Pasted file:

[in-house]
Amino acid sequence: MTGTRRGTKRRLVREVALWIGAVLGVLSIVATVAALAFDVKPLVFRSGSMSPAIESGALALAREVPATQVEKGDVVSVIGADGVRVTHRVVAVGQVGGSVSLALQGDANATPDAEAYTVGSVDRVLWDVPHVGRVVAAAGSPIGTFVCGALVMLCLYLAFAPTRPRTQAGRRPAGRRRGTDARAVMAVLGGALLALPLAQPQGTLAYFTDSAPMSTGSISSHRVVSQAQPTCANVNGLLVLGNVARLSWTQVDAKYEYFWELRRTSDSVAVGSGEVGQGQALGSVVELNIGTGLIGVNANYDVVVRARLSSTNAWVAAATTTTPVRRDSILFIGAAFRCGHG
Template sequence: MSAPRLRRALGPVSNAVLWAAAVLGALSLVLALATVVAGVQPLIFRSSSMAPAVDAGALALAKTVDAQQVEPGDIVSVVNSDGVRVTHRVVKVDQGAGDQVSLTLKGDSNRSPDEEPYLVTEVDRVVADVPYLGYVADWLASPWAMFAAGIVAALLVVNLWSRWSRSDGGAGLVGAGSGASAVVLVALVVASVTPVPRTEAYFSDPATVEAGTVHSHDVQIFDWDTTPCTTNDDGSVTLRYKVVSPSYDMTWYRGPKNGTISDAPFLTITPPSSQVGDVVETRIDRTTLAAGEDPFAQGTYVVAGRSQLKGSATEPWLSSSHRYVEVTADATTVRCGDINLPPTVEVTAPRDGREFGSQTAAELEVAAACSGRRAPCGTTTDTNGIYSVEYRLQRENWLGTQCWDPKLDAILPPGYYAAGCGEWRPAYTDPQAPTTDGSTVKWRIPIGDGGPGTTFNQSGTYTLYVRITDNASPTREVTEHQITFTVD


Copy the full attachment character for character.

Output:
[in-house]
Amino acid sequence: MTGTRRGTKRRLVREVALWIGAVLGVLSIVATVAALAFDVKPLVFRSGSMSPAIESGALALAREVPATQVEKGDVVSVIGADGVRVTHRVVAVGQVGGSVSLALQGDANATPDAEAYTVGSVDRVLWDVPHVGRVVAAAGSPIGTFVCGALVMLCLYLAFAPTRPRTQAGRRPAGRRRGTDARAVMAVLGGALLALPLAQPQGTLAYFTDSAPMSTGSISSHRVVSQAQPTCANVNGLLVLGNVARLSWTQVDAKYEYFWELRRTSDSVAVGSGEVGQGQALGSVVELNIGTGLIGVNANYDVVVRARLSSTNAWVAAATTTTPVRRDSILFIGAAFRCGHG
Template sequence: MSAPRLRRALGPVSNAVLWAAAVLGALSLVLALATVVAGVQPLIFRSSSMAPAVDAGALALAKTVDAQQVEPGDIVSVVNSDGVRVTHRVVKVDQGAGDQVSLTLKGDSNRSPDEEPYLVTEVDRVVADVPYLGYVADWLASPWAMFAAGIVAALLVVNLWSRWSRSDGGAGLVGAGSGASAVVLVALVVASVTPVPRTEAYFSDPATVEAGTVHSHDVQIFDWDTTPCTTNDDGSVTLRYKVVSPSYDMTWYRGPKNGTISDAPFLTITPPSSQVGDVVETRIDRTTLAAGEDPFAQGTYVVAGRSQLKGSATEPWLSSSHRYVEVTADATTVRCGDINLPPTVEVTAPRDGREFGSQTAAELEVAAACSGRRAPCGTTTDTNGIYSVEYRLQRENWLGTQCWDPKLDAILPPGYYAAGCGEWRPAYTDPQAPTTDGSTVKWRIPIGDGGPGTTFNQSGTYTLYVRITDNASPTREVTEHQITFTVD